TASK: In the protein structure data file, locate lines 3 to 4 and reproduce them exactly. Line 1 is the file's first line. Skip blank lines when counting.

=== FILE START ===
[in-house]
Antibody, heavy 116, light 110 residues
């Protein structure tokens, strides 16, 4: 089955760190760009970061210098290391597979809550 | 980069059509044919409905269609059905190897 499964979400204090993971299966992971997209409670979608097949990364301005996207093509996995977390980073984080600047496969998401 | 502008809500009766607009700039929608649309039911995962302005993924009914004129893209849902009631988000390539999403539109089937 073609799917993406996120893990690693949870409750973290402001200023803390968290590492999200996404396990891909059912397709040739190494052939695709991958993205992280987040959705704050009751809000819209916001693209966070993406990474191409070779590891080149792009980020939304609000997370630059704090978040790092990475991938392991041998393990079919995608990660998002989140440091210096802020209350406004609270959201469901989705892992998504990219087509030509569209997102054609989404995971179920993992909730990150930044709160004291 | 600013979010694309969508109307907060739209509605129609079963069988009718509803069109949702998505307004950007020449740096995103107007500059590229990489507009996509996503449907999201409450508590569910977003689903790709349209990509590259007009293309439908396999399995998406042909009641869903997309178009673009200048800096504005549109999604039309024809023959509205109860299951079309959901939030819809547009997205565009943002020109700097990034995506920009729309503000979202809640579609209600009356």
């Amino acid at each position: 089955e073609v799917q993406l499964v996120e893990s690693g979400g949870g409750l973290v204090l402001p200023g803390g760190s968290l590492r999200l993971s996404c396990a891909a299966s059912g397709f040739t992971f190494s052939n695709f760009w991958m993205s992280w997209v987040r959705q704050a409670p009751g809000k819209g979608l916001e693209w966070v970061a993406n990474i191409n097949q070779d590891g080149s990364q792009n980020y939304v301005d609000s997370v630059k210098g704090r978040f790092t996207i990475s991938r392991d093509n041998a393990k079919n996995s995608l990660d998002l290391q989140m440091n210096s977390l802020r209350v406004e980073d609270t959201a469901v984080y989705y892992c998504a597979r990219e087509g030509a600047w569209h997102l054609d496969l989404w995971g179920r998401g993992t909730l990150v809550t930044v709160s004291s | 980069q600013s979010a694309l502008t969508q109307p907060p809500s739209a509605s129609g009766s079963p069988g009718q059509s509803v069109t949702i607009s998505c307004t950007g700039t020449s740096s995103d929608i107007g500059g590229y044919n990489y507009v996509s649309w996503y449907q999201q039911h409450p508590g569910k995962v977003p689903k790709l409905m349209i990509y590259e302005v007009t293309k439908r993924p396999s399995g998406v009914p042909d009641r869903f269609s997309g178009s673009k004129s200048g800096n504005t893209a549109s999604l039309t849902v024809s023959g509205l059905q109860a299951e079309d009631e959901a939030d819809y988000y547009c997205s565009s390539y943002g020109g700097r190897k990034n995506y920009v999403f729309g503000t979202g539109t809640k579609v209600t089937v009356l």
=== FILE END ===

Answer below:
């Protein structure tokens, strides 16, 4: 089955760190760009970061210098290391597979809550 | 980069059509044919409905269609059905190897 499964979400204090993971299966992971997209409670979608097949990364301005996207093509996995977390980073984080600047496969998401 | 502008809500009766607009700039929608649309039911995962302005993924009914004129893209849902009631988000390539999403539109089937 073609799917993406996120893990690693949870409750973290402001200023803390968290590492999200996404396990891909059912397709040739190494052939695709991958993205992280987040959705704050009751809000819209916001693209966070993406990474191409070779590891080149792009980020939304609000997370630059704090978040790092990475991938392991041998393990079919995608990660998002989140440091210096802020209350406004609270959201469901989705892992998504990219087509030509569209997102054609989404995971179920993992909730990150930044709160004291 | 600013979010694309969508109307907060739209509605129609079963069988009718509803069109949702998505307004950007020449740096995103107007500059590229990489507009996509996503449907999201409450508590569910977003689903790709349209990509590259007009293309439908396999399995998406042909009641869903997309178009673009200048800096504005549109999604039309024809023959509205109860299951079309959901939030819809547009997205565009943002020109700097990034995506920009729309503000979202809640579609209600009356």
């Amino acid at each position: 089955e073609v799917q993406l499964v996120e893990s690693g979400g949870g409750l973290v204090l402001p200023g803390g760190s968290l590492r999200l993971s996404c396990a891909a299966s059912g397709f040739t992971f190494s052939n695709f760009w991958m993205s992280w997209v987040r959705q704050a409670p009751g809000k819209g979608l916001e693209w966070v970061a993406n990474i191409n097949q070779d590891g080149s990364q792009n980020y939304v301005d609000s997370v630059k210098g704090r978040f790092t996207i990475s991938r392991d093509n041998a393990k079919n996995s995608l990660d998002l290391q989140m440091n210096s977390l802020r209350v406004e980073d609270t959201a469901v984080y989705y892992c998504a597979r990219e087509g030509a600047w569209h997102l054609d496969l989404w995971g179920r998401g993992t909730l990150v809550t930044v709160s004291s | 980069q600013s979010a694309l502008t969508q109307p907060p809500s739209a509605s129609g009766s079963p069988g009718q059509s509803v069109t949702i607009s998505c307004t950007g700039t020449s740096s995103d929608i107007g500059g590229y044919n990489y507009v996509s649309w996503y449907q999201q039911h409450p508590g569910k995962v977003p689903k790709l409905m349209i990509y590259e302005v007009t293309k439908r993924p396999s399995g998406v009914p042909d009641r869903f269609s997309g178009s673009k004129s200048g800096n504005t893209a549109s999604l039309t849902v024809s023959g509205l059905q109860a299951e079309d009631e959901a939030d819809y988000y547009c997205s565009s390539y943002g020109g700097r190897k990034n995506y920009v999403f729309g503000t979202g539109t809640k579609v209600t089937v009356l």